Weekly E-Newsletter

February 24, 2022
"Let us not grow tired of doing good"
Read Bishop Bambera's 2022 Lenten Message
Most Reverend Joseph C. Bambera, Bishop of Scranton, has released his 2022 Lenten message to the faithful of the Diocese of Scranton.

In his message, Bishop Bambera encourages all people to deepen their faith and to do good on behalf of our brothers and sisters, which is needed today more than ever.

The bishop also reflects on Pope Francis' Lenten plea regarding the urgency of using the time that God has given to us in a productive manner by sowing goodness in our world.
Sign up for free daily reflections from the Office for Parish Life during Lent
You are invited to join us this Lent for a series of daily reflections delivered right to your email inbox!

Each day of the week will provide inspiration and ideas to make this a Lenten season that calls you into a deeper relationship with Christ. You’ll hear from a variety of people who are missionary disciples, with gifts to share so that Christ is more known and loved.

Wherever you are in your faith journey, these Lenten daily reflections will fill your spirit.

Each day will have a particular focus:
o Mercy Monday
o Teaching Tuesday
o Witness Wednesday
o Thirsting Thursday
o Forgiving Friday
o Stick with It Saturday
o Sacred Sunday
Faithful invited to receive ashes at parishes across the Diocese on March 2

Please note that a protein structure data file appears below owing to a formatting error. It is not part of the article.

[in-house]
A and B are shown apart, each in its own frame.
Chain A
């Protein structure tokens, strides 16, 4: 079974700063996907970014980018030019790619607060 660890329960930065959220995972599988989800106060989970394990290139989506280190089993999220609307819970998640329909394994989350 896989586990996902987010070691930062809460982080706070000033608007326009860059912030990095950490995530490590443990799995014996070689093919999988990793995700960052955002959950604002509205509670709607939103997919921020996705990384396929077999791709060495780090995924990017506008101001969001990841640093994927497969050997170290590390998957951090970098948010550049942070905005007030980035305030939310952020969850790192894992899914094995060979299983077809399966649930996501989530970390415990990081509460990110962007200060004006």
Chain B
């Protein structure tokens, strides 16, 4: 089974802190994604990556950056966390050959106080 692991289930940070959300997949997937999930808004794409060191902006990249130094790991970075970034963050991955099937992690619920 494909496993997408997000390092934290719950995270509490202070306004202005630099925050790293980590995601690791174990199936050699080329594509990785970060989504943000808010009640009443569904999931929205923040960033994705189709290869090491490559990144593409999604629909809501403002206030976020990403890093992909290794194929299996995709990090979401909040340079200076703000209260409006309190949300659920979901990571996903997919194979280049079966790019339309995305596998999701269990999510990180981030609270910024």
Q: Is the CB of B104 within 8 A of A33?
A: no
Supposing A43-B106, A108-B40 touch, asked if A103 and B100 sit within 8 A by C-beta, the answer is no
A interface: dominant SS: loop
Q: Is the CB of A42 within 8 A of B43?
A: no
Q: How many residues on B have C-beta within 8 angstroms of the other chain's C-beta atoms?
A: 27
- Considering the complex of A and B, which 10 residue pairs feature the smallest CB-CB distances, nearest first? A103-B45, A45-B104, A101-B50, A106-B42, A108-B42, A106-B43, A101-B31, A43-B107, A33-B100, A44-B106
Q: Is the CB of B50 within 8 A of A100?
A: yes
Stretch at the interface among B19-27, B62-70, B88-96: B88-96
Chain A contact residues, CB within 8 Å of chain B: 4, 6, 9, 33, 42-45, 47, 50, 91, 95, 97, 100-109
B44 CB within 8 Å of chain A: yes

The Diocese of Scranton and all of its parishes invite the faithful to receive ashes on Ash Wednesday, March 2, 2022.

The reception of ashes is not mandatory nor required. The faithful should know it is their own internal disposition and intention to repent and start over that is the best fruit of Ash Wednesday and the ashes are an external sign of that internal reality.

Individuals may enter into Lent with a repentant heart even if they decide that receiving ashes is not the right thing for them this year because of the continuing COVID-19 pandemic.

Due to continued concerns over health and safety, Bishop Joseph C. Bambera has directed that parishes do not impose ashes by thumb for the second year in a row. Ashes can still be distributed to the faithful through two options. All parishes have been given the ability to choose which method works best.
Do good unto others, ditch digital addictions for Lent, pope says
Christians must persevere in generously doing good in the world, bolstered by prayer and by fighting evil in their own lives, including an addiction to digital media, Pope Francis said.

“Lent is a propitious time to resist these temptations and to cultivate instead a more integral form of human communication made up of ‘authentic encounters’ – face-to-face and in person,” the pope said in his message for Lent, which begins March 2 for Latin-rite Catholics.

“Let us ask God to give us the patient perseverance of the farmer and to persevere in doing good, one step at a time,” and to know that “the soil is prepared by fasting, watered by prayer and enriched by charity,” the pope wrote.
Pope calls for day of prayer, fasting for peace in Ukraine
As the threat of war loomed over the world, Pope Francis called on people to pray and fast for peace in Ukraine on Ash Wednesday.

Before concluding his general audience Feb. 23, the pope called on believers and nonbelievers to combat the “diabolical insistence, the diabolical senselessness of violence” with prayer and fasting.

“I invite everyone to make March 2, Ash Wednesday, a day of fasting for peace,” he said. “I encourage believers in a special way to devote themselves intensely to prayer and fasting on that day. May the Queen of Peace protect the world from the folly of war.”